Genetic study examines mystery of height heritability

Height is often inherited, but precise genetic factors have long eluded researchers.Credit: Shomos Uddin / Getty

One only needs to look at families to see that size is inherited – and studies of twins and identical families have long confirmed this suspicion. About 80% of the height variation is due to genetics, they suggest. But since the human genome was sequenced almost two decades ago, researchers have struggled to fully identify the genetic factors responsible.

Studies looking for the genes that govern height have identified hundreds of common genetic variants related to the trait. But the results also posed a dilemma: each variant had a minimal effect on height that, together, did not equal the genetic contribution predicted by family studies. This phenomenon, which occurs with many other traits and diseases, has been dubbed missing heritability and has even prompted some researchers to speculate that there is something fundamentally wrong with our understanding of genetics.

Now, a study suggests that most of the missing heritability for height and body mass index (BMI) may, as some researchers suspected, be found in rarer genetic variants that had not been discoveries so far.

“This is a reassuring article because it suggests that there is not something terribly wrong with genetics,” says Tim Spector, genetic epidemiologist at King’s College London. “It’s just that sorting it out is more complex than we thought. »The research has been published1 to the bioRxiv preprint server on March 25.

Search the genome

To research the genetic factors underlying diseases and traits, geneticists turn to mega-research known as genome-wide association studies (GWAS). These scour the genomes of tens of thousands of people – or, increasingly, over a million – looking for single letter changes, or SNPs, in genes that commonly appear in people. suffering from a particular disease or which could explain a common trait such as height.

But GWAS has limits. Because sequencing the entire genome of thousands of people is expensive, the GWASs themselves only scan a strategically selected set of SNPs, perhaps 500,000, in each person’s genome. This is just a glimpse of the roughly six billion nucleotides – the building blocks of DNA – chained together in our genome. In turn, those 500,000 common variants would have been found by sequencing the genomes of a few hundred people, says Timothy Frayling, a human geneticist at the University of Exeter, UK.

A team led by Peter Visscher of the Queensland Brain Institute in Brisbane, Australia, decided to determine whether SNPs rarer than those typically scanned in GWAS could explain the missing heritability for height and BMI. They turned to whole genome sequencing – doing a full 6 billion base read – of 21,620 people. (The authors declined to comment on the prepublication, as it is in the process of being submitted to a journal.)

They relied on the simple, yet powerful principle that all people are related to some extent – albeit distantly – and that DNA can be used to calculate degrees of kinship. Then, information about a person’s height and BMI could be combined to identify common and rare SNPs that could contribute to those traits.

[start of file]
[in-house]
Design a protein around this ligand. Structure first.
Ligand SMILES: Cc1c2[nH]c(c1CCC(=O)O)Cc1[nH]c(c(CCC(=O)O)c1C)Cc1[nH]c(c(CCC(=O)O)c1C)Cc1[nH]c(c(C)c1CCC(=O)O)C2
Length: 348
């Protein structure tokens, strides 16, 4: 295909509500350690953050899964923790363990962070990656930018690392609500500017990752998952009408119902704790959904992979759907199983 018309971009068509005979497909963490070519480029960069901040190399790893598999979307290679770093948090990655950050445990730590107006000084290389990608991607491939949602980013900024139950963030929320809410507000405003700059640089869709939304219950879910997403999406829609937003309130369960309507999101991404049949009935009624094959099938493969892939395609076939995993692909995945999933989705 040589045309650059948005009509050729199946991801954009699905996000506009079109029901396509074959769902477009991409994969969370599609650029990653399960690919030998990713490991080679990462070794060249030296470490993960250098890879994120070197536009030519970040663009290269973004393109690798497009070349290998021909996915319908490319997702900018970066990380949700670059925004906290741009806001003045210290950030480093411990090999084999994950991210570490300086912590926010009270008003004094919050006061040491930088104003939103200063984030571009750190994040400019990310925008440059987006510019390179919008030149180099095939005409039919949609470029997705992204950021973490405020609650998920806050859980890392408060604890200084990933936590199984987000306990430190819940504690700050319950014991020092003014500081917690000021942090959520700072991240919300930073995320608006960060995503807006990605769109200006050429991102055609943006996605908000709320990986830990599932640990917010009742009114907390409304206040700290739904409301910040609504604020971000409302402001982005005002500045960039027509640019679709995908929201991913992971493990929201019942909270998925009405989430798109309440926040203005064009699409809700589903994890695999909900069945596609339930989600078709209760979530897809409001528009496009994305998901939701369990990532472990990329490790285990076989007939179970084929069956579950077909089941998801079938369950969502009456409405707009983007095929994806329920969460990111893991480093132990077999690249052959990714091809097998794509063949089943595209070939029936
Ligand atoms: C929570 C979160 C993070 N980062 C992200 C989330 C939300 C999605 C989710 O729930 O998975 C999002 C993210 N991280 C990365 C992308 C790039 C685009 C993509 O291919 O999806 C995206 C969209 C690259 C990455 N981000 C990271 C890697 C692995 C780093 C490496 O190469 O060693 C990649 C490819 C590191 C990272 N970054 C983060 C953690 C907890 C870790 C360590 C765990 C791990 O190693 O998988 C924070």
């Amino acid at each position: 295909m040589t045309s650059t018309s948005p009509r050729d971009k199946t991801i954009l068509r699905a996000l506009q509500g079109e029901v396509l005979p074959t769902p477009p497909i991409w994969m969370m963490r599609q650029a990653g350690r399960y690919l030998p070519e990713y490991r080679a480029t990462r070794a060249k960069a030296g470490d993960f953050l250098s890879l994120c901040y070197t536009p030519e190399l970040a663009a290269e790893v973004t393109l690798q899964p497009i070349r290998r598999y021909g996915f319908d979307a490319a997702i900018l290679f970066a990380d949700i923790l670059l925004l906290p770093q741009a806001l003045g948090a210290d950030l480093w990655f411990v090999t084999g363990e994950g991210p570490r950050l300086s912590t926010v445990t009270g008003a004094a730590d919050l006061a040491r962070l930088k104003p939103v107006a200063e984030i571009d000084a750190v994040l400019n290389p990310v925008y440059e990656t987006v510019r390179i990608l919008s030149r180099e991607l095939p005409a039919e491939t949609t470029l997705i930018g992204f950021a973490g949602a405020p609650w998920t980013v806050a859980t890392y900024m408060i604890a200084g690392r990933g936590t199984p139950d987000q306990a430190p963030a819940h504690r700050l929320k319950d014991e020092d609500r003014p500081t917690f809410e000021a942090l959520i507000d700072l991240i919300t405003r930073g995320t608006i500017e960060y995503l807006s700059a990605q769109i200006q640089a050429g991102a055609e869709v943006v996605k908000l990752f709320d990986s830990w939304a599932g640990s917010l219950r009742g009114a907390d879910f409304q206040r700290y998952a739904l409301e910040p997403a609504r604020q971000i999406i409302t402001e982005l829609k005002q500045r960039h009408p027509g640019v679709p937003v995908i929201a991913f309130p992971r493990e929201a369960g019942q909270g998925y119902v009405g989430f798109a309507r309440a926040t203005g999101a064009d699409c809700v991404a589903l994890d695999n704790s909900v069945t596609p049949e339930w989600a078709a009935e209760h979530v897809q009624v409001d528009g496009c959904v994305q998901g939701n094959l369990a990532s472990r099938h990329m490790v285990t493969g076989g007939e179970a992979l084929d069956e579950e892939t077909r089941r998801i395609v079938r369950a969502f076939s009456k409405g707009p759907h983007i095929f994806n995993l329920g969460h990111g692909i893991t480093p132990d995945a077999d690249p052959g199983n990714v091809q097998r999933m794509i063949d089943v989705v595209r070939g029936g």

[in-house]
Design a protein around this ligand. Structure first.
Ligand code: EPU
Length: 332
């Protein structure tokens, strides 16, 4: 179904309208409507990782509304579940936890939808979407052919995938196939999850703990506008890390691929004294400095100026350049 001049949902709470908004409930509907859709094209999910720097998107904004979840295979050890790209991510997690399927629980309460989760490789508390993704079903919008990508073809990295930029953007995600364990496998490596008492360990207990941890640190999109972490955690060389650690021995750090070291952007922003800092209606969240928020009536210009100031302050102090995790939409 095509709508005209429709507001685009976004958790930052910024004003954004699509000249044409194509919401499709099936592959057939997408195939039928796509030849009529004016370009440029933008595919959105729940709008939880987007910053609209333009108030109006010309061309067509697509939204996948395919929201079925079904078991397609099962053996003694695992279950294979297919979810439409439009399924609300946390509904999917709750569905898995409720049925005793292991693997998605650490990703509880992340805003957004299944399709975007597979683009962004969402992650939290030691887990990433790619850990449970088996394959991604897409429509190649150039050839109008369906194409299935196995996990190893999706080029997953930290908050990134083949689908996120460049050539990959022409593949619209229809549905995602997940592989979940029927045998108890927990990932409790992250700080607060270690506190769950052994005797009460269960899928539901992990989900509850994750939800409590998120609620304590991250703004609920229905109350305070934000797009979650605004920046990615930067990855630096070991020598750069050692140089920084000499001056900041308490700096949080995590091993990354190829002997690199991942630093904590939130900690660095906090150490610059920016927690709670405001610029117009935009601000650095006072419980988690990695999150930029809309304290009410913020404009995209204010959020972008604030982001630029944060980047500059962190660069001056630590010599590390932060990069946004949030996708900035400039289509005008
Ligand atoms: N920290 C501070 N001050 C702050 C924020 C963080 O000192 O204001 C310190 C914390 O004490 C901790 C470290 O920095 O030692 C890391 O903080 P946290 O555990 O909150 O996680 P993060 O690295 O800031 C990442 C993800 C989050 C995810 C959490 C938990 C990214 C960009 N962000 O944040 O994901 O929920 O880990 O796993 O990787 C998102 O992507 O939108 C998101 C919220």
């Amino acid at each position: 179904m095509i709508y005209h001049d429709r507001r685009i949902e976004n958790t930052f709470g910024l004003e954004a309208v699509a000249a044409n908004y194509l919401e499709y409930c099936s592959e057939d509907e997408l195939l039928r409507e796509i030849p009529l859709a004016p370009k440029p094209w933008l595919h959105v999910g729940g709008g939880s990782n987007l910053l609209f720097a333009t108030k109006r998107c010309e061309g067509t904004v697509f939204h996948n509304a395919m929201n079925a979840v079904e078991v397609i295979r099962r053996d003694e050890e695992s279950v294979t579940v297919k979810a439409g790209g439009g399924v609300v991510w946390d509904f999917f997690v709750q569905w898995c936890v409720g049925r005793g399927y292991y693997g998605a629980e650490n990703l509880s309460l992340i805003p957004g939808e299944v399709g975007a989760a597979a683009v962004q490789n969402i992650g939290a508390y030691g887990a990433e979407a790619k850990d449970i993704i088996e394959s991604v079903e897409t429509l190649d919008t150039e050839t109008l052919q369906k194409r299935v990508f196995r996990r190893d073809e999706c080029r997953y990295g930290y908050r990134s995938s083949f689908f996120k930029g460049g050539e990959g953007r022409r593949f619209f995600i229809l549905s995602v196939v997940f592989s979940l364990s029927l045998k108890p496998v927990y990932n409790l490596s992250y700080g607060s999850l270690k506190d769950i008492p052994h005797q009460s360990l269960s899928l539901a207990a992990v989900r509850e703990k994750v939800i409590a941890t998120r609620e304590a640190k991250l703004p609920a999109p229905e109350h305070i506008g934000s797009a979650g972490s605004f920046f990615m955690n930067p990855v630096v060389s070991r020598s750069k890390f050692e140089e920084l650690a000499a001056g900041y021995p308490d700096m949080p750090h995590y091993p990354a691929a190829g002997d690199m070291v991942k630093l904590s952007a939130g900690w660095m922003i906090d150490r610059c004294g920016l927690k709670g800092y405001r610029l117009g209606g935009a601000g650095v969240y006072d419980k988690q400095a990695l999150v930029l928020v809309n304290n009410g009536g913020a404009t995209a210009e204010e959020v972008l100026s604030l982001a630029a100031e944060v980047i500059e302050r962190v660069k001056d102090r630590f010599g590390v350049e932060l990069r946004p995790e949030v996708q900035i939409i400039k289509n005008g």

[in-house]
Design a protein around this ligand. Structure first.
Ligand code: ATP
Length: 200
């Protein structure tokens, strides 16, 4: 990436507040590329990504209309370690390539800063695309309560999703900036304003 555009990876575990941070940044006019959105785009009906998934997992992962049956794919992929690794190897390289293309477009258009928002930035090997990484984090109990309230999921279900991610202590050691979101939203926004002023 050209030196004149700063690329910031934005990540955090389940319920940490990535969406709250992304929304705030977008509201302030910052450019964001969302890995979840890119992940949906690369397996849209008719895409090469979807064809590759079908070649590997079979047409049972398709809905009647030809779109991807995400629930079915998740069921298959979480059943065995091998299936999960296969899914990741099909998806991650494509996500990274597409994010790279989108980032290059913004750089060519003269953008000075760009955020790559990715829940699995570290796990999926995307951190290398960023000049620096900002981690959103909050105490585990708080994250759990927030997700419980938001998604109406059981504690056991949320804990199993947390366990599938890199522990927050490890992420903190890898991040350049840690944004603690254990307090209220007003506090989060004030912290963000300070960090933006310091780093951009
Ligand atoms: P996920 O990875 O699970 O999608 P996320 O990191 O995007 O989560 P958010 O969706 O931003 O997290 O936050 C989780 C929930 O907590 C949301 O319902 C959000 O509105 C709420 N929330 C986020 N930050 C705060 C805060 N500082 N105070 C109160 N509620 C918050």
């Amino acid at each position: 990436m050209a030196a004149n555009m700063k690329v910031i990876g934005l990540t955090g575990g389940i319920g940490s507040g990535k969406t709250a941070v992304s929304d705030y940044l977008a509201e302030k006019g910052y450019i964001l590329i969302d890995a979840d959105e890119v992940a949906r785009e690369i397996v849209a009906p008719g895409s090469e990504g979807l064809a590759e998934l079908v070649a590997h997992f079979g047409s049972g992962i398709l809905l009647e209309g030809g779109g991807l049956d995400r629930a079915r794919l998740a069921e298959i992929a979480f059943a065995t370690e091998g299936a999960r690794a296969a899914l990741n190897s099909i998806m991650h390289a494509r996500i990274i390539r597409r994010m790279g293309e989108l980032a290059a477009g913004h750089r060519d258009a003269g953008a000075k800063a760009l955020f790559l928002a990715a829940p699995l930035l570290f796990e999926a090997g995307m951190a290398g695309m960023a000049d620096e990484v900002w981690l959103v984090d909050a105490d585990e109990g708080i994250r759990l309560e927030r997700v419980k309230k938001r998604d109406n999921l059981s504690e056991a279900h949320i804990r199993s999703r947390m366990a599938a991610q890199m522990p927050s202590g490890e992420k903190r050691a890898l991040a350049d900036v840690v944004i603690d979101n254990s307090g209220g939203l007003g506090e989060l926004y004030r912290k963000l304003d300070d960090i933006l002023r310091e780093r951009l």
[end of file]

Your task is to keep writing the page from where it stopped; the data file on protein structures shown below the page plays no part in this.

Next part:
Say, for example, that a pair of third cousins ​​is closer in size than a pair of second cousins ​​is in a different family: this is an indication that the size of the third cousins Is mainly due to genetics, and the extent of that correlation will tell you how much, says Frayling. “They used all the genetic information, which allows you to determine to what extent the kinship was due to rarer things as well as common things.”

As a result, researchers have captured genetic differences that occur in only 1 in 500 people, or even 1 in 5,000.

And using information on common and rare variants, the researchers arrived at roughly the same heritability estimates as shown by studies of twins. For height, Visscher and colleagues estimate heritability to be 79% and for BMI 40%. This means that if you take a large group of people, 79% of the height differences would be due to genes rather than environmental factors, such as nutrition.

Complex processes

The researchers also suggest how previously undiscovered variants could contribute to physical traits. Tentatively, they found that these rare variants were slightly enriched in the protein-coding regions of the genome, and that they had an increased likelihood of disrupting these regions, notes Terence Capellini, evolutionary biologist at Harvard University at Cambridge, Massachusetts. This indicates that rare variants could influence height in part by affecting regions encoding proteins instead of the rest of the genome – the vast majority of which do not include instructions for making proteins, but could influence their expression.

The paucity of variants also suggests that natural selection could eliminate them, possibly because they are harmful in one way or another.

The complexity of heritability means that understanding the roots of many common diseases – necessary if researchers are to develop effective therapies against them – will take significantly more time and money, and could involve sequencing hundreds of thousands or even millions of whole genomes to identify the rare variants that explain a substantial part of the genetic components of diseases.

The study only reveals the total number of rare variants contributing to these common traits – not the important ones, says Spector. “The next step is to determine which of these rare variants are important for the traits or diseases for which you want to get a drug. “

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